There’s nothing like working 125 feet above the ground on a busted goat peak to demonstrate the Bonneville Power Administration’s brand of safety, innovation, reliability and stewardship.
What’s a goat peak? That’s a transmission term for a fiber bracket, a 4-by-10-foot triangular structure that sits like a steel hat atop some BPA towers.
While electricity is carried on the lines below, the goat peak supports a separate arterial, the fiber-optic cable that moves digital communications across the region for BPA and third parties. The bundle of glass fibers delivers the broadband signals that enable BPA to remotely evaluate and control elements of its vast transmission system.
But ice and snow can be downright unkind to a goat peak – especially in the sub-alpine setting between the icy chute of the Columbia Gorge and 11,250-foot Mount Hood.
BPA pilot Peter Renggli and patrol observer Ron Totorica were flying on a routine helicopter patrol near the northeast flank of the mountain Feb. 23 when they noticed a mangled goat peak on the Big Eddy-Troutdale transmission line. To protect reliability, BPA crews continuously survey its 15,000 circuit miles of lines by land and air for maintenance problems.
Linemen bolt the new 250-pound steel “goat peak” into place atop the 230-kilovolt tower near Parkdale, Ore.
“It needed to be fixed urgently to prevent further damage,” Totorica said. The collapsed bracket lay along the Ross-Malin fiber-optic line, which carries data between Vancouver, Wash., and Klamath County, Ore.
But the damaged tower was down the steep slope of a canyon, imperfectly served by a rough right-of-way.
Totorica alerted Foreman III Scott Williams of BPA’s transmission line maintenance crew in The Dalles, Ore. Williams immediately conferred with Aircraft Services to devise an innovative method of making the repair using a helicopter to hoist tools and steel parts to linemen on the tower without having to de-energize the 230-kilovolt dual-circuit power lines.
“Many hours of planning that day came up with a strategy to complete the work safely and not take the lines out of service, which could have put constraints on the electrical system,” Totorica said. “With the use of the helicopter, the crew was able to repair it more quickly than by conventional, old-school methods.”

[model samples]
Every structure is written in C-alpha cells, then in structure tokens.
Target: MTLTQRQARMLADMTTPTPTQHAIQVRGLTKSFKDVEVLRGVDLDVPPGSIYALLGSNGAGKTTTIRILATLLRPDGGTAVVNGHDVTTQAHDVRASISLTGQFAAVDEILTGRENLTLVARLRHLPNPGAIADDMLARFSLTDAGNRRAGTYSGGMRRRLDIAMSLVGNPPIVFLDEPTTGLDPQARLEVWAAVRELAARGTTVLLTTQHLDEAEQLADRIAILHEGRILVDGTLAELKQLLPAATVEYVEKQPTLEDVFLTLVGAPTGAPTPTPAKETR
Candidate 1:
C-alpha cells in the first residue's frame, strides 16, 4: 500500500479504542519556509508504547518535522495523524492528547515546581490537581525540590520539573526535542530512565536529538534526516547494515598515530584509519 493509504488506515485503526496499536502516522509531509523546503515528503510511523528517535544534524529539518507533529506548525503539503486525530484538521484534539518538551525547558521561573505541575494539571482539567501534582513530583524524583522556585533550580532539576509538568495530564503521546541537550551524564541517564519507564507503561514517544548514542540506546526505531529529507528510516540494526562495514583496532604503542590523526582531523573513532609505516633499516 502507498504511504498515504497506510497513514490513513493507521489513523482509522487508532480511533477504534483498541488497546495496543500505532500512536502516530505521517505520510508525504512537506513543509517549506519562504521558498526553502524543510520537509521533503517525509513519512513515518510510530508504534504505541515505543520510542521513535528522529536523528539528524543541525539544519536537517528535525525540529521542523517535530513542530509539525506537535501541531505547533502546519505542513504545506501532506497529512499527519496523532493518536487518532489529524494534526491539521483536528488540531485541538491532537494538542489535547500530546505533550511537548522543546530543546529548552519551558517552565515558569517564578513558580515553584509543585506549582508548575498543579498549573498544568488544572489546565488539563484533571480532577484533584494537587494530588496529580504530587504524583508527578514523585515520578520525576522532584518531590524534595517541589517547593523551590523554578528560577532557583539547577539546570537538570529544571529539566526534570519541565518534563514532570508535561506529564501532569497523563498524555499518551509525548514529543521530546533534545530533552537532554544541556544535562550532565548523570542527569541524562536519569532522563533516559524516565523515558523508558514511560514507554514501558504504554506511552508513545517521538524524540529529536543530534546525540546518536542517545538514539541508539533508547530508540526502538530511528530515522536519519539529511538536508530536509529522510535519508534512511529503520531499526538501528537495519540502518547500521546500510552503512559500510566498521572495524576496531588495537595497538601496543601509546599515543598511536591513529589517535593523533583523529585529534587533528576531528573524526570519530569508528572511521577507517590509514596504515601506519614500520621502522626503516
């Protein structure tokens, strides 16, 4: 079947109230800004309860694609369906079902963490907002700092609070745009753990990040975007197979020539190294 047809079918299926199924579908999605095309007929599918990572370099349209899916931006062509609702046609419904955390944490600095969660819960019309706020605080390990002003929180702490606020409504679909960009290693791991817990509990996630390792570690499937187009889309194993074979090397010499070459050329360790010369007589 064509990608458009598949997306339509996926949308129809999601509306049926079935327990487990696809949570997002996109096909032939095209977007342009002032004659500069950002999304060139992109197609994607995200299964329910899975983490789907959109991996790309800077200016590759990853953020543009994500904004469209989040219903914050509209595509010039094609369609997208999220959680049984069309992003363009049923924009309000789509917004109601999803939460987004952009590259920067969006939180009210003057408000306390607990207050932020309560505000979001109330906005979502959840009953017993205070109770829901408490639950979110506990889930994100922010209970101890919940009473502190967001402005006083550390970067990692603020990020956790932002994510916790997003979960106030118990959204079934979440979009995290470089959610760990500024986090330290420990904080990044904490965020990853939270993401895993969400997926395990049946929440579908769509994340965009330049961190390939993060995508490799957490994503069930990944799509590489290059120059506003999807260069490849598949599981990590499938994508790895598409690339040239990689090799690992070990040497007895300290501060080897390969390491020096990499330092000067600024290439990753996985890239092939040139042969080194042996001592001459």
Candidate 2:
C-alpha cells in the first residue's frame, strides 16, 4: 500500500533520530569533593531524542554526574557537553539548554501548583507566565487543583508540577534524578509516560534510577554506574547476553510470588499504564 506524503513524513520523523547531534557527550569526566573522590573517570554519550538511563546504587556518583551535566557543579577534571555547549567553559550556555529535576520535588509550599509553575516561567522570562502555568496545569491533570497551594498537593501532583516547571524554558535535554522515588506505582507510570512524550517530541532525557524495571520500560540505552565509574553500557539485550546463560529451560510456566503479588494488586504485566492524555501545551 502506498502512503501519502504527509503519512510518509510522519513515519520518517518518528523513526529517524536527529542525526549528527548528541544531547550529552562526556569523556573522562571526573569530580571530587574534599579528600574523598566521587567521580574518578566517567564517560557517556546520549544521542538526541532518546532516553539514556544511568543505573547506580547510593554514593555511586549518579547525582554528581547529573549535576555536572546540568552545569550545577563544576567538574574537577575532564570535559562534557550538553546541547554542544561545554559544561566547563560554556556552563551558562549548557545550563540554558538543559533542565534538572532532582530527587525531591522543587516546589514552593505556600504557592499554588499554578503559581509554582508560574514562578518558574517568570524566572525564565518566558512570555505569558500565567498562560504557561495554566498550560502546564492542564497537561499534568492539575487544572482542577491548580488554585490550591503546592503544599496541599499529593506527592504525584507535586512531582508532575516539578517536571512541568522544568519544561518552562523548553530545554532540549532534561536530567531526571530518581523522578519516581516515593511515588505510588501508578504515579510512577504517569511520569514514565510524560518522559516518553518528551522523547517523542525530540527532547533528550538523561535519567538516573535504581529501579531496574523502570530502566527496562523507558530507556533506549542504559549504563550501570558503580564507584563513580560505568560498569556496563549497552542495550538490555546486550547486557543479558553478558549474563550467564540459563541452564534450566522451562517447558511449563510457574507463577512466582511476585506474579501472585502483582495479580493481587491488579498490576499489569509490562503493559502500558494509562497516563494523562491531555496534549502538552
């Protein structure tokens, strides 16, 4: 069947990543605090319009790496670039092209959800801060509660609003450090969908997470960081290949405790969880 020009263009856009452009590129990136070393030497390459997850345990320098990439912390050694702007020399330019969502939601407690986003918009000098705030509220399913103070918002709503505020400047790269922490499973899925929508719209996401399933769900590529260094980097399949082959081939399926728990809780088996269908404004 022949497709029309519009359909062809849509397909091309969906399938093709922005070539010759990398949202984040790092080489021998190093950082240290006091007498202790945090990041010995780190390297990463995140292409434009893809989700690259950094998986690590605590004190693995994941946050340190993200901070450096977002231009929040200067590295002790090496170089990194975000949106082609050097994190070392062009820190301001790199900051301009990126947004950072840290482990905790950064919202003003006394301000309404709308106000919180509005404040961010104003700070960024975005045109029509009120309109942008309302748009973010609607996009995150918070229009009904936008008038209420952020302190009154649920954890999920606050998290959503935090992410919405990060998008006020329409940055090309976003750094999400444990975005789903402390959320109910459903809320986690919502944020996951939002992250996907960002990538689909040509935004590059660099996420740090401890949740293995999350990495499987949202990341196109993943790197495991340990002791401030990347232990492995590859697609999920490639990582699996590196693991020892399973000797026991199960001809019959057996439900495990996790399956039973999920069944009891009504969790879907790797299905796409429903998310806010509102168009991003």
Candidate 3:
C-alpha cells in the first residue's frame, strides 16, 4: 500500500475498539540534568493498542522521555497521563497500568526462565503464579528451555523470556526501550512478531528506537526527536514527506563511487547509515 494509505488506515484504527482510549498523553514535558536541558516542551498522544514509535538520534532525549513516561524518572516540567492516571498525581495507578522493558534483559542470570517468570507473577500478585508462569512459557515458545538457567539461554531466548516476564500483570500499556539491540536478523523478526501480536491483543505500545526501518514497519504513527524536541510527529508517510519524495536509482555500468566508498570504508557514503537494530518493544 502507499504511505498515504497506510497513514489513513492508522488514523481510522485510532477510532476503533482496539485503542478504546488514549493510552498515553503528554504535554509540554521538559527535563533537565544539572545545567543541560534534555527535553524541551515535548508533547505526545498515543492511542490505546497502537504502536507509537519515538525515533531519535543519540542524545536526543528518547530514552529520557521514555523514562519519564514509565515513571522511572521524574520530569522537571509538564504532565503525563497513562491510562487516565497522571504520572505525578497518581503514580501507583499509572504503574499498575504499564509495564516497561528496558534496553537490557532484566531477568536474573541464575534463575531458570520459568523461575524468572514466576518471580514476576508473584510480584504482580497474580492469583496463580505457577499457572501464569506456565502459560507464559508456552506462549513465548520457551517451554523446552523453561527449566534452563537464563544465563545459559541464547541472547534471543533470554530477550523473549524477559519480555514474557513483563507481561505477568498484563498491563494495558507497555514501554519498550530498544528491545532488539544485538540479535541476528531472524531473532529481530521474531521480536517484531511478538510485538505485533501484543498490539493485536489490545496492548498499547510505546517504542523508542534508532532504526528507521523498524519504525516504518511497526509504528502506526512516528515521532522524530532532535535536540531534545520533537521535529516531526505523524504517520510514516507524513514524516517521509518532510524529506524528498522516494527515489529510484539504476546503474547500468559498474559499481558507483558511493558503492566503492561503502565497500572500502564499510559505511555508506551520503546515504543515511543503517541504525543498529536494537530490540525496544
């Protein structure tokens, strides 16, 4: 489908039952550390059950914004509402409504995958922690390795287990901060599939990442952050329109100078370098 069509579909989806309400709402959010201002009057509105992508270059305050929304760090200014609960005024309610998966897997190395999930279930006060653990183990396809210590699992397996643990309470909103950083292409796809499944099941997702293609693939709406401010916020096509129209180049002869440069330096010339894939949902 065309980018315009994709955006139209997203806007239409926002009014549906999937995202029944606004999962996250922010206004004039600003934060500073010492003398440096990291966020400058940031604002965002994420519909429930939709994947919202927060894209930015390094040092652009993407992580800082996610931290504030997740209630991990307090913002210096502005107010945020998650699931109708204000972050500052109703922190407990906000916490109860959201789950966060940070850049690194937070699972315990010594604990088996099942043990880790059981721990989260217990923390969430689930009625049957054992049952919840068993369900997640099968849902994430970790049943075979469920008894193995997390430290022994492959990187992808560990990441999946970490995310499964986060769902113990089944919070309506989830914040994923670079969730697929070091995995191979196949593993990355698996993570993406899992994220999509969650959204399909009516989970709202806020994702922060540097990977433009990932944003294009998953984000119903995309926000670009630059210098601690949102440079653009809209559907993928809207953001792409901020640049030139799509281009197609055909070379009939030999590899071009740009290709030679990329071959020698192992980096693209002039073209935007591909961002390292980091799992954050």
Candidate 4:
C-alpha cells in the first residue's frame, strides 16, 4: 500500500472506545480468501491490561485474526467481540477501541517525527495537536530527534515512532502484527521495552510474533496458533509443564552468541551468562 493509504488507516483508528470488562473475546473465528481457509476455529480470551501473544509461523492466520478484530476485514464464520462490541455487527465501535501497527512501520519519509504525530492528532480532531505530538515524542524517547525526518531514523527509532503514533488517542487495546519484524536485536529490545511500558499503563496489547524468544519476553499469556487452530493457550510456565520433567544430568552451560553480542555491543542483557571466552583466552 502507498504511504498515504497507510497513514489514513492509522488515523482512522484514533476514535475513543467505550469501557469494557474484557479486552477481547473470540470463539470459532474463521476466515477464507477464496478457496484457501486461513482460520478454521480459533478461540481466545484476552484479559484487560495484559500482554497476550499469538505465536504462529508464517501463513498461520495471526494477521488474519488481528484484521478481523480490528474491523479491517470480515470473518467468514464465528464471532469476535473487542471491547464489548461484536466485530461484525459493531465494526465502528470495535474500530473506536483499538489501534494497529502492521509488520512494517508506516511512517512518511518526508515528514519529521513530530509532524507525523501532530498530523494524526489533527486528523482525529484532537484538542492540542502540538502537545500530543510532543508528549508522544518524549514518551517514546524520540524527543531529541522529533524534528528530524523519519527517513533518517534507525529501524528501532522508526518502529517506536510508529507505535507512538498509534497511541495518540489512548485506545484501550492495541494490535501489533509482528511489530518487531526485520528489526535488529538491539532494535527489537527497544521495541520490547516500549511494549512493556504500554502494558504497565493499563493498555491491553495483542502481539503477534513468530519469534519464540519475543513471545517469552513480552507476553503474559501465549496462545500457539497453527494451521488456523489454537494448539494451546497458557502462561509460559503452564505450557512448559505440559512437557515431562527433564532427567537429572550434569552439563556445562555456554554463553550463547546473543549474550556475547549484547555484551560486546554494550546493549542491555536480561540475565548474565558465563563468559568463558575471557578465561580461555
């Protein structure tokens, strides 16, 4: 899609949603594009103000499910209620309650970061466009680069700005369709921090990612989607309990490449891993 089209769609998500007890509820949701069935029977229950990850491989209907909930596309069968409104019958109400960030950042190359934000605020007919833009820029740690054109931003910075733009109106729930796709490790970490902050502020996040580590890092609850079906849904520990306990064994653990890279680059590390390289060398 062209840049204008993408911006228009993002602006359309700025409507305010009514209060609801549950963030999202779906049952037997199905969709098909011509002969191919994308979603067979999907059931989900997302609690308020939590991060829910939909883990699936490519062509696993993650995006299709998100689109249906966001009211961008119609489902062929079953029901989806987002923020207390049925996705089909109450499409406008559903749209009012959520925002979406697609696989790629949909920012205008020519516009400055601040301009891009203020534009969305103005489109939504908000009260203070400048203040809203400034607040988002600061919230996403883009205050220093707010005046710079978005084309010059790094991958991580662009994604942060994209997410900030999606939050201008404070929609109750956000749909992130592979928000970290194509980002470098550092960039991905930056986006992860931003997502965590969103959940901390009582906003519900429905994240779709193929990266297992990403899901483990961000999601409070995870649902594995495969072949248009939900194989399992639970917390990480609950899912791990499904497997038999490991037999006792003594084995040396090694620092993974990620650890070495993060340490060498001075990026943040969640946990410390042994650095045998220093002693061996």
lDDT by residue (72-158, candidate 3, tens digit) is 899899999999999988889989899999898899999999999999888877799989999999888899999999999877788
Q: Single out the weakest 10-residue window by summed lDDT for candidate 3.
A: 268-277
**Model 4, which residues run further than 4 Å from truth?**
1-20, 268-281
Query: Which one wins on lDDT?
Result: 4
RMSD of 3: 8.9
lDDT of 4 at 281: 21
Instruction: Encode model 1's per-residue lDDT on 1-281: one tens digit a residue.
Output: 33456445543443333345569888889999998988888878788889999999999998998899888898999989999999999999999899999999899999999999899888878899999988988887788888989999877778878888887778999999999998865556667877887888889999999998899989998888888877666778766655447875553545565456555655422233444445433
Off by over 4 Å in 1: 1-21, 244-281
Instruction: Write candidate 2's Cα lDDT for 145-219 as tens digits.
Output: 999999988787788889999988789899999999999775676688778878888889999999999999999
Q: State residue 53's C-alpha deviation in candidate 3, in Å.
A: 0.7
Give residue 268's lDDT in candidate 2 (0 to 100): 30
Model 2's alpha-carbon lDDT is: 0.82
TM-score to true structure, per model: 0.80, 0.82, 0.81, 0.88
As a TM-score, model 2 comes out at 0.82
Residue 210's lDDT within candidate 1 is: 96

In recent years, BPA linemen have taken yearly “long-line” training in Pasco, Wash., to become proficient at rescue techniques using a helicopter. Those safety, communication and physical skills are now being put into practice to do select field projects more efficiently.
The Dalles crew frequently uses Class B helicopter work procedures to perform insulator and hardware replacements. The linemen had recently deployed a similar work plan with aerial support to replace insulators on the Celilo-to-Sylmar line rebuild project.
Shuttling tools and equipment to the tower via helicopter avoids an electricity service outage during work on the Big Eddy-Knight line.
“The fact that The Dalles crew is confident working under a helicopter facilitated the work plan on the goat peak,” Renggli said. “The crew has been using the helicopter, so they’re familiar with the work practices and long-line procedures.”
Foreman I Lyle Erickson, along with BPA lineman Jim Malcolm and temporary linemen Chris Westman and Tony Van Cleave, climbed the tower the next morning and assessed the damaged goat peak first-hand.
“It had collapsed under the weight of the ice,” Erickson says. “It was a mess, buckled and ripped apart, wadded up inside the attachment hardware.” The surprise was that the fiber-optic cable was still intact and functional, temporarily cushioned amid the wreckage.
Without the helicopter, the project would have taken much longer, Williams explained. The crew would have transported in a track bulldozer to repair the access road and landings to allow TLM equipment to reach the rugged site. Then they would have spent hours manually moving heavy steel parts and tools up and down the tower by rope. “We would have piecemealed it using hand lines and ground holds,” Erickson said.
“By using the helicopter, the exposure to known safety hazards for the linemen was decreased because of how quickly we can get them the equipment,” Renggli said. “The traditional method would have taken most of the day.”
Another advantage: The decision to use the helicopter also reduced the environmental concerns associated with projects in the Mt. Hood National Forest.
This time, the linemen assembled a new goat peak on the ground and the helicopter flew it to them.
Working safely and efficiently on a tower more than 10 stories high, with equipment, tools and parts being carefully delivered on a 100-foot rope under a helicopter, brings new meaning to the term “BPA’s highest values.”
One of those is continuous improvement. Safety, reliability, innovation and stewardship were also on display as the crew balanced the 250-pound pyramid into place and bolted it securely to the tower.
“Those little buggers are heavy – they’re a lot heavier than they look,” Erickson said.
The crew completed the actual peak replacement in an hour flat. All told, they were on and off the tower in 2½ hours.
“That’s what we do,” says Erickson.